just also. Justice indeed, on our part, will save
us from those wars which would have been produced
by a contrary disposition. But how can we prevent
those produced by the wrongs of other nations?
By putting ourselves in a condition to punish them.
Weakness provokes insult and injury, while a condition
to punish, often prevents them. This reasoning
leads to the necessity of some naval force; that being
the only weapon with which we can reach an enemy.
I think it to our interest to punish the first insult:
because an insult unpunished is the parent of many
others. We are not, at this moment, in a condition
to do it, but we should put ourselves into it, as
soon as possible. If a war with England should
take place, it seems to me that the first thing necessary,
would be a resolution to abandon the carrying trade,
because we cannot protect it. Foreign nations
must, in that case, be invited to bring us what we
want, and to take our productions in their own bottoms.
This alone could prevent the loss of those productions
to us, and the acquisition of them to our enemy.
Our seamen might be employed in depredations on their
trade. But how dreadfully we shall suffer on our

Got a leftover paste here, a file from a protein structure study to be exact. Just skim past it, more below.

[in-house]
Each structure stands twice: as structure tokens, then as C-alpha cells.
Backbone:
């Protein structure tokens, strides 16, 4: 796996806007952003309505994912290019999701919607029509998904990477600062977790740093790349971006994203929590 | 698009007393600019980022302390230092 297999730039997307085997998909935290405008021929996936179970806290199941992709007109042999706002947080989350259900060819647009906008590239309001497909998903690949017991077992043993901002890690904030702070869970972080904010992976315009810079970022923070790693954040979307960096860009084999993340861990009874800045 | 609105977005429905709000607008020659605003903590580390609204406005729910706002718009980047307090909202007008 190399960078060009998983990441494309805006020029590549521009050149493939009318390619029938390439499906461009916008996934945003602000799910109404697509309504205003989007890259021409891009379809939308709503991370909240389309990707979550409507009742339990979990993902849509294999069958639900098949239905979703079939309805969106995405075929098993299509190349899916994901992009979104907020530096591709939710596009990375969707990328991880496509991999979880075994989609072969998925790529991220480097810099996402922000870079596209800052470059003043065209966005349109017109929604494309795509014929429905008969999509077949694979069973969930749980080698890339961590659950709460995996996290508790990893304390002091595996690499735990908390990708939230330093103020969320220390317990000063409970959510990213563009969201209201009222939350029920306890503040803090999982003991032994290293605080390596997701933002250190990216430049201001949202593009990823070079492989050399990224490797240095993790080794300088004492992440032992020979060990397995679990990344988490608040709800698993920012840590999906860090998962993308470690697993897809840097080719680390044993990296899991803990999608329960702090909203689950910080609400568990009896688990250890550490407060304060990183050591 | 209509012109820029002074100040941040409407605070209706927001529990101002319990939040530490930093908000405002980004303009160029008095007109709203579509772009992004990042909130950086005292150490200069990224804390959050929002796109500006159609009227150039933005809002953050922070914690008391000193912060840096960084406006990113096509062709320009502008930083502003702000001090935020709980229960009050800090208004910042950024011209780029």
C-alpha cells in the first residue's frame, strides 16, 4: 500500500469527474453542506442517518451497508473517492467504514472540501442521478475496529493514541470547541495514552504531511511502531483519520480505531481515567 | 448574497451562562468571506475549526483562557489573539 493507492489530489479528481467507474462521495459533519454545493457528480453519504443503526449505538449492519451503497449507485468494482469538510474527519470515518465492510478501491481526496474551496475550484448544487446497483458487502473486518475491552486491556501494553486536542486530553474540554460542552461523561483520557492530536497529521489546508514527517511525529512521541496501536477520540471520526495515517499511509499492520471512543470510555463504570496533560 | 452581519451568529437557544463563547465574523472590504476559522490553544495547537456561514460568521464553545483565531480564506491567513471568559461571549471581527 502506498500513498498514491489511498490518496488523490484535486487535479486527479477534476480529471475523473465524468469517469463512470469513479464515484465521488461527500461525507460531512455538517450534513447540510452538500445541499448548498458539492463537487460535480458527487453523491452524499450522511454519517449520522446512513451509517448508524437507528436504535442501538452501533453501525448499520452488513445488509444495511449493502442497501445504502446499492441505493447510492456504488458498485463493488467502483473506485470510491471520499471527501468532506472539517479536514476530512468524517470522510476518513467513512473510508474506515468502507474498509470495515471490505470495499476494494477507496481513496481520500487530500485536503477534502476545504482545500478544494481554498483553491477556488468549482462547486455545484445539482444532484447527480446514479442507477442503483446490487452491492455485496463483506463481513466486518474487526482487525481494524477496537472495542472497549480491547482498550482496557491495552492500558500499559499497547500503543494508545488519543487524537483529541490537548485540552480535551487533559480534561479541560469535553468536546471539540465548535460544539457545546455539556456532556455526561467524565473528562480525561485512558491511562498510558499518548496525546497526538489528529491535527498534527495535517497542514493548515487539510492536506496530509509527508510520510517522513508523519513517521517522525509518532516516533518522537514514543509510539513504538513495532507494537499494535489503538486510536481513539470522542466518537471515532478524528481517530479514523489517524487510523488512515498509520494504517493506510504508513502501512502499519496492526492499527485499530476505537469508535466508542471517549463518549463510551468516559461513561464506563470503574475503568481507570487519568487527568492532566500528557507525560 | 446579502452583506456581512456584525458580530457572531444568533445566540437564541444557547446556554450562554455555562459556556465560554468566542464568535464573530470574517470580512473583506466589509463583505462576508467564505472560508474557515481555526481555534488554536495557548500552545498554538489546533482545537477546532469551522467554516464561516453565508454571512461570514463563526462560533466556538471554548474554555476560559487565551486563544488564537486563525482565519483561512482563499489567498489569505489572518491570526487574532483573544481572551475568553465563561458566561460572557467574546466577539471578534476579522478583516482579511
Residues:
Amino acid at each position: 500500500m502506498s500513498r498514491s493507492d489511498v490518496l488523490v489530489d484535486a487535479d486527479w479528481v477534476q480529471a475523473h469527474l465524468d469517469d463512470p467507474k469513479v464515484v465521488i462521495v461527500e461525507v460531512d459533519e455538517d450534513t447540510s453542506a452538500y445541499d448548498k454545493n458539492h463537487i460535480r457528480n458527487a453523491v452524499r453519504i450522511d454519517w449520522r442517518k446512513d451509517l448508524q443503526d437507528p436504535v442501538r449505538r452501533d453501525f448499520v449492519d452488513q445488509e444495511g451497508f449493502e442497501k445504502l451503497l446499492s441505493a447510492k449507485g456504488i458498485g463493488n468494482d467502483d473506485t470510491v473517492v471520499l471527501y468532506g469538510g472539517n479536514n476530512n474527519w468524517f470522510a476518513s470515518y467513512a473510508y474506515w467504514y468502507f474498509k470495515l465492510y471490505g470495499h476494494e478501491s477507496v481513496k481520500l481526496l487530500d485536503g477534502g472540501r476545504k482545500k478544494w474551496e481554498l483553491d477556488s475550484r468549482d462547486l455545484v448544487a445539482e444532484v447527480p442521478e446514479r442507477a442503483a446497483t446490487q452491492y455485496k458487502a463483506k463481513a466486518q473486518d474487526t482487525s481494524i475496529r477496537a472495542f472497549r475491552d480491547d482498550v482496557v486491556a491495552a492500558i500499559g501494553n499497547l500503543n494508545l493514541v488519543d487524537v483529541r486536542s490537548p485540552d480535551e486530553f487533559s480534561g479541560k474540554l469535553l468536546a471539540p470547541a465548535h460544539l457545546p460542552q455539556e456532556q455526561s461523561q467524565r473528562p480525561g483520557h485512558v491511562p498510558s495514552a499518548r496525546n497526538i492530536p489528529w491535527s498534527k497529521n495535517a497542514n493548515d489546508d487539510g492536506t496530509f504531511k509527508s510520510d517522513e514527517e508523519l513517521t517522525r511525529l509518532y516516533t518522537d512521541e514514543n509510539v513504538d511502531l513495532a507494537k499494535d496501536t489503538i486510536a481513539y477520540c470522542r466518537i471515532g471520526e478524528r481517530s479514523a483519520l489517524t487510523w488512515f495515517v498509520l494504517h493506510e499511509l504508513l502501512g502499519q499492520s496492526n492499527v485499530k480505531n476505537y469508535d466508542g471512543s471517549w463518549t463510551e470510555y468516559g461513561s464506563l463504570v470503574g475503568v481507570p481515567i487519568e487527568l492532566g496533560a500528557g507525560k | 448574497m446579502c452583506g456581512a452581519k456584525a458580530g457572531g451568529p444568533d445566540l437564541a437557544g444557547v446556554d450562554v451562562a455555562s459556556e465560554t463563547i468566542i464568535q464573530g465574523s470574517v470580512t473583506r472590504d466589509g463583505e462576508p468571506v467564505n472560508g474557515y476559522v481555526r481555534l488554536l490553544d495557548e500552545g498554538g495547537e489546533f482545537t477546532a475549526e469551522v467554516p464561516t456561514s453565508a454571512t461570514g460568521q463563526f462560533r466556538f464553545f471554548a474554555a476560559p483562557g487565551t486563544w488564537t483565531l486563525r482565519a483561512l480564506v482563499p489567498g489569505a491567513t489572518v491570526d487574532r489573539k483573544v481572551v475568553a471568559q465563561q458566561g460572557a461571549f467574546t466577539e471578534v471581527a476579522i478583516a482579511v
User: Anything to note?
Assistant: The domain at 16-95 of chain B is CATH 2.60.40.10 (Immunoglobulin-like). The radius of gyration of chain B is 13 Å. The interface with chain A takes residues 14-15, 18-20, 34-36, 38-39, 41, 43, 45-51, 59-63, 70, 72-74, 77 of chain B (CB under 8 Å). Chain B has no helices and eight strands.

coasts, if we have no force on the water, former experience
has taught us. Indeed, I look forward with horror
to the very possible case of war with an European
power, and think there is no protection against them,
but from the possession of some force on the sea.
Our vicinity to their West India possessions, and
to the fisheries, is a bridle which a small naval
force, on our part, would hold in the mouths of the
most powerful of these countries. I hope our
land office will rid us of our debts, and that our
first attention then will be, to the beginning a naval
force, of some sort. This alone can countenance
our people as carriers on the water, and I suppose
them to be determined to continue such.
I wrote you two public letters on the 14th instant,
since which I have received yours of July the 13th.
I shall always be pleased to receive from you, in
a private way, such communications as you might not
choose to put into a public letter.
I have the honor to be, with very sincere esteem,
your most obedient, humble servant,
LETTER XCVIII.—TO COLONEL MONROE, August 28, 1735
TO COLONEL MONROE.
Paris, August 28, 1735.
I wrote you on the 5th of July by Mr. Franklin, and
on the 12th of the same month by Monsieur Houdon.
Since that date, yours of June the 16th, by Mr. Mazzei,
has been received. Every thing looks like peace
here. The settlement between the Emperor and
Dutch is not yet published, but it is believed to
be agreed on. Nothing is done, as yet, between
him and the Porte. He is much wounded by the
confederation of several of the Germanic body, at
the head of which is the King of Prussia, and to which